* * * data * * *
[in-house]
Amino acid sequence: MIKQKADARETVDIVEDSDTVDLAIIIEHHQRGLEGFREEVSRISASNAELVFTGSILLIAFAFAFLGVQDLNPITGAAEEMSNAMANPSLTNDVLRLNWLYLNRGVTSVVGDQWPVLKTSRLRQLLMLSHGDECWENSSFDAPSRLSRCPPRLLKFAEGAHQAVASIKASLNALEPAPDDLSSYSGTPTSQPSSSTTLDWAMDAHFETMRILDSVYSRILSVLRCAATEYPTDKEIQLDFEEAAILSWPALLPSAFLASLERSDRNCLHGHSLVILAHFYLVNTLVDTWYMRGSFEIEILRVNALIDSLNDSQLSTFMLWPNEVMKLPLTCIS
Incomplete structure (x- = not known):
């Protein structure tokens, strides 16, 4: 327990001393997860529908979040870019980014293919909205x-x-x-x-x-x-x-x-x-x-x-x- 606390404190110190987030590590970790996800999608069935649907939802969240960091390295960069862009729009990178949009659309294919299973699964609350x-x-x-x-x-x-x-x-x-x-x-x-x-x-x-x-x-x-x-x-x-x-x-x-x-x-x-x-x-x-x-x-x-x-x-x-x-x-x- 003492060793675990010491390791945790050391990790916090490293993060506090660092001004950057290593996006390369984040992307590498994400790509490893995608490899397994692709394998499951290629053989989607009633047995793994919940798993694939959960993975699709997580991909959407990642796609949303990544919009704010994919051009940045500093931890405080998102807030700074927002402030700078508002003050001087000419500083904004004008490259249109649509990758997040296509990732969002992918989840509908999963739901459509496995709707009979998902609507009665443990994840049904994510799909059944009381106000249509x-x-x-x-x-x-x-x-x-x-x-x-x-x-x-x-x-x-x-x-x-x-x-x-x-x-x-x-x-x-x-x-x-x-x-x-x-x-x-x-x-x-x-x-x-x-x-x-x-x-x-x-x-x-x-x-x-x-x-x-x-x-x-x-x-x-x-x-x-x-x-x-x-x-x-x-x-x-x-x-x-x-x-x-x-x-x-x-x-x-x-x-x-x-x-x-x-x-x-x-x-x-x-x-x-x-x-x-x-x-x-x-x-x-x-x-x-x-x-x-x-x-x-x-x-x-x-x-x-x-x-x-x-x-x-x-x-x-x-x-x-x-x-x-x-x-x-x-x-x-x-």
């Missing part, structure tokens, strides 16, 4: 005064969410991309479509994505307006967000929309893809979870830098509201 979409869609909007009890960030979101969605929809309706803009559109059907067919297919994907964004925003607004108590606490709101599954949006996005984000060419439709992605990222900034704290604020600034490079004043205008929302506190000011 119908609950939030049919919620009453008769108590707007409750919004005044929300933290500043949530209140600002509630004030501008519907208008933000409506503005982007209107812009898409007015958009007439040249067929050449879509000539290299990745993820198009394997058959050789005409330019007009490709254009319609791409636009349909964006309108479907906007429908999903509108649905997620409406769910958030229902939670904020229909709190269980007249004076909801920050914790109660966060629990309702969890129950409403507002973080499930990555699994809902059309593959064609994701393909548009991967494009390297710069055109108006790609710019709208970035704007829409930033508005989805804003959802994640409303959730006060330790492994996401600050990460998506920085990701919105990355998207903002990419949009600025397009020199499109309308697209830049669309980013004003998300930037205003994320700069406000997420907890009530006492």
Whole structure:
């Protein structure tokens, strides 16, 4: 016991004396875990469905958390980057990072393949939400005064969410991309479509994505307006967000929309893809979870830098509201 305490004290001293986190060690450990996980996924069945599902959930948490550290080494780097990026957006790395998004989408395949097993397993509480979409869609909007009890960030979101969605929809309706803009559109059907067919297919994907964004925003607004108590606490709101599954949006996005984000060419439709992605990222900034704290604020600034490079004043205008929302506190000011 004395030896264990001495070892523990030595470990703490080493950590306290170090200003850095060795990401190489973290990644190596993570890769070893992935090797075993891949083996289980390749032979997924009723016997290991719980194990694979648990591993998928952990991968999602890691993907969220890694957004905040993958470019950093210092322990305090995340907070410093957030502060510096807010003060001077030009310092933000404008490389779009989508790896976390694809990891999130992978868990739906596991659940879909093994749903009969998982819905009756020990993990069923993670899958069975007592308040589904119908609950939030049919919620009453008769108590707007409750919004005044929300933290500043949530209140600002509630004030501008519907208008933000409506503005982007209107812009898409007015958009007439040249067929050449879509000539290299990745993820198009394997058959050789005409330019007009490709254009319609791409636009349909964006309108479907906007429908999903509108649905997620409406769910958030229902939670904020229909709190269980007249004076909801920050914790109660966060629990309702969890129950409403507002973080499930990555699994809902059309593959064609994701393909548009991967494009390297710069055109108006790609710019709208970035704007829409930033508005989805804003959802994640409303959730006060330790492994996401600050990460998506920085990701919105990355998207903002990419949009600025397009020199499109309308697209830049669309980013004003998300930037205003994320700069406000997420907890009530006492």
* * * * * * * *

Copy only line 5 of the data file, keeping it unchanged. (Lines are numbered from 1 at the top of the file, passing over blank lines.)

């Missing part, structure tokens, strides 16, 4: 005064969410991309479509994505307006967000929309893809979870830098509201 979409869609909007009890960030979101969605929809309706803009559109059907067919297919994907964004925003607004108590606490709101599954949006996005984000060419439709992605990222900034704290604020600034490079004043205008929302506190000011 119908609950939030049919919620009453008769108590707007409750919004005044929300933290500043949530209140600002509630004030501008519907208008933000409506503005982007209107812009898409007015958009007439040249067929050449879509000539290299990745993820198009394997058959050789005409330019007009490709254009319609791409636009349909964006309108479907906007429908999903509108649905997620409406769910958030229902939670904020229909709190269980007249004076909801920050914790109660966060629990309702969890129950409403507002973080499930990555699994809902059309593959064609994701393909548009991967494009390297710069055109108006790609710019709208970035704007829409930033508005989805804003959802994640409303959730006060330790492994996401600050990460998506920085990701919105990355998207903002990419949009600025397009020199499109309308697209830049669309980013004003998300930037205003994320700069406000997420907890009530006492």